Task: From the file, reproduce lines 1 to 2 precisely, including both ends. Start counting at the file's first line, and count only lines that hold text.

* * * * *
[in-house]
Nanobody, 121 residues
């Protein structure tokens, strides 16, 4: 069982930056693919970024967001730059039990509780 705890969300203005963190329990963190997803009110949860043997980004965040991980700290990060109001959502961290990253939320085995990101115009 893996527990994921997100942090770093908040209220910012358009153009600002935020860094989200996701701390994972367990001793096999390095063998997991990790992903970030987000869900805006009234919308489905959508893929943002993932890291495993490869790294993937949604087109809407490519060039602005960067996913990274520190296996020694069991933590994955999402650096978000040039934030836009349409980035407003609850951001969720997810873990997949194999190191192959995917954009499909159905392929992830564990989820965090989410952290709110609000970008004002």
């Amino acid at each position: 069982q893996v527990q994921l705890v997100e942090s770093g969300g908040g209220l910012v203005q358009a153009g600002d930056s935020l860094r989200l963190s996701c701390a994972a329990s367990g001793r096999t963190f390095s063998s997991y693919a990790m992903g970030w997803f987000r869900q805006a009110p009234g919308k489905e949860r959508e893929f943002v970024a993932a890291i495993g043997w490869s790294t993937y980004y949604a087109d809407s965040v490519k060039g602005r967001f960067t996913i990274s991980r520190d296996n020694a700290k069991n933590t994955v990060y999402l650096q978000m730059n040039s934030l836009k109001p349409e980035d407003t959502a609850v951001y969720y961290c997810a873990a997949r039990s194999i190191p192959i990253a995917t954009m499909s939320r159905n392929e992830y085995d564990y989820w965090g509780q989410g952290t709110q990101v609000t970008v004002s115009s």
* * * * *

[in-house]
Nanobody, 121 residues